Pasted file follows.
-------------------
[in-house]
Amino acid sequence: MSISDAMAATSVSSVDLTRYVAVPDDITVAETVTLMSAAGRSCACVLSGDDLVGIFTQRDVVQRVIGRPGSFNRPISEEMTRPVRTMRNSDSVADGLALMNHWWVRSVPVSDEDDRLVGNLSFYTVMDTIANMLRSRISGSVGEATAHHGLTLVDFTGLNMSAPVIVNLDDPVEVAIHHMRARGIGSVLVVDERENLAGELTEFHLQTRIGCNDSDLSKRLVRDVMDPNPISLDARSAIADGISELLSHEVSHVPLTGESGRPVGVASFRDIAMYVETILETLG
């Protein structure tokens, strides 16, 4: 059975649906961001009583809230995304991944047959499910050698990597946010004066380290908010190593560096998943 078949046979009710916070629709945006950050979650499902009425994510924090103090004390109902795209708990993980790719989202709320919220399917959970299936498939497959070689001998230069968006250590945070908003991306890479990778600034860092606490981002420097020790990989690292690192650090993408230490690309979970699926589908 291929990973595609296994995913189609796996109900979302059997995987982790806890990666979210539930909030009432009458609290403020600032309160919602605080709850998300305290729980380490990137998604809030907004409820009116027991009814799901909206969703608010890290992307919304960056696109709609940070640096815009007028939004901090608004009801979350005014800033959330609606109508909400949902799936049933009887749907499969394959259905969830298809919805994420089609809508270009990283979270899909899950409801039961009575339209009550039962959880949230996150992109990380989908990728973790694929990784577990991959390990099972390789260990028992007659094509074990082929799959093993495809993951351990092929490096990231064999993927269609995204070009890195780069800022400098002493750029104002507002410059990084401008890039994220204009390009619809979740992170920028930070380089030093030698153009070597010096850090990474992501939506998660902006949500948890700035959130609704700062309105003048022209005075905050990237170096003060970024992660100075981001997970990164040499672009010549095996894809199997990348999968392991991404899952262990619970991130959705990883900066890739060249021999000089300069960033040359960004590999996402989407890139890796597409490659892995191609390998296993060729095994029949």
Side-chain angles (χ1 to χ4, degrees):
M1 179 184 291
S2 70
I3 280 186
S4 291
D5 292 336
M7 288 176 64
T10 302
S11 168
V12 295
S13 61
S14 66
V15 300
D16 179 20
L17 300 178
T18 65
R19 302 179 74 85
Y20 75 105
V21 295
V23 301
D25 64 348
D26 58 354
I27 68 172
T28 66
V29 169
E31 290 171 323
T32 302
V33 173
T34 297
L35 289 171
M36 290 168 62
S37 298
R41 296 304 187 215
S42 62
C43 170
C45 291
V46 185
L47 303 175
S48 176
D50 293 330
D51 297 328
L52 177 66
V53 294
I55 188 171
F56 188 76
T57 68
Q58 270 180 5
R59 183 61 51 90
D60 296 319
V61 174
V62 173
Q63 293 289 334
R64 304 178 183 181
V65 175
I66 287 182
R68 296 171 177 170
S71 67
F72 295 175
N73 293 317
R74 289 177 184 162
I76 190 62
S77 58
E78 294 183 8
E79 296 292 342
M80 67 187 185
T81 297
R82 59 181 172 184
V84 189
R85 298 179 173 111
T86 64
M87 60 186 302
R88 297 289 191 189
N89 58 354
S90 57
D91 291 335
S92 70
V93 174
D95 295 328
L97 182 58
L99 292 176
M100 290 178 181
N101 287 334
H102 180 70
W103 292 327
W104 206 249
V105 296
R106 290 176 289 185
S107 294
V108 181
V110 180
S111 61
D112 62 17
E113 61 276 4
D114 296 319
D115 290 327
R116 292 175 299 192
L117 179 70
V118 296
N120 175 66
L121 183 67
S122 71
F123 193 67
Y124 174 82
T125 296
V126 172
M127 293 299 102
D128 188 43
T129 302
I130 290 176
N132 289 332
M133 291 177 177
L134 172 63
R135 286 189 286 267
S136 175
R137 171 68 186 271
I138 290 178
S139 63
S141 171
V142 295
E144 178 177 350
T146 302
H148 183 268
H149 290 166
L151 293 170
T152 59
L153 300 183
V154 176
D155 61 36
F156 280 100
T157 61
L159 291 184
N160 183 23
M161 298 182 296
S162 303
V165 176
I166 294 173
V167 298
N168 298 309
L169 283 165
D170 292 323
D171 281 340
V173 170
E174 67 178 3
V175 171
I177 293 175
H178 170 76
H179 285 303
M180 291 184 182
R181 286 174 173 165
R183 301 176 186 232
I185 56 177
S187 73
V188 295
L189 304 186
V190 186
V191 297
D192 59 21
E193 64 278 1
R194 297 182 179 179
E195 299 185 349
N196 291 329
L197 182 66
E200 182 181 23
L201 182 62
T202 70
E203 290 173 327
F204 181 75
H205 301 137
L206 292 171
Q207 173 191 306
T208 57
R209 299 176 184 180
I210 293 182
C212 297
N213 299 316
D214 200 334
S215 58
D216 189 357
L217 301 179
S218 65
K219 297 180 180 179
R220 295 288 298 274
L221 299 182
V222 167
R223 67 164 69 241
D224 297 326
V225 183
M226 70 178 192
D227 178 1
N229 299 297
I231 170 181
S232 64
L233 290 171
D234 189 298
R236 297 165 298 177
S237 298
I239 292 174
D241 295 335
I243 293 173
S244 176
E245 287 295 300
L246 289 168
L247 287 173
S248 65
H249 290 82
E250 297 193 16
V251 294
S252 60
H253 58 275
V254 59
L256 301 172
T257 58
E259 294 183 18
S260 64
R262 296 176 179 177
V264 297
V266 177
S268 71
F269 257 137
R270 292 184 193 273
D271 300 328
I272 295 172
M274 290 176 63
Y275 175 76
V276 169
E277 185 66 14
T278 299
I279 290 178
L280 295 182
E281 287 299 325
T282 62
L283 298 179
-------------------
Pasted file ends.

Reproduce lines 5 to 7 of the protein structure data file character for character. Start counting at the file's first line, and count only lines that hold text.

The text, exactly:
M1 179 184 291
S2 70
I3 280 186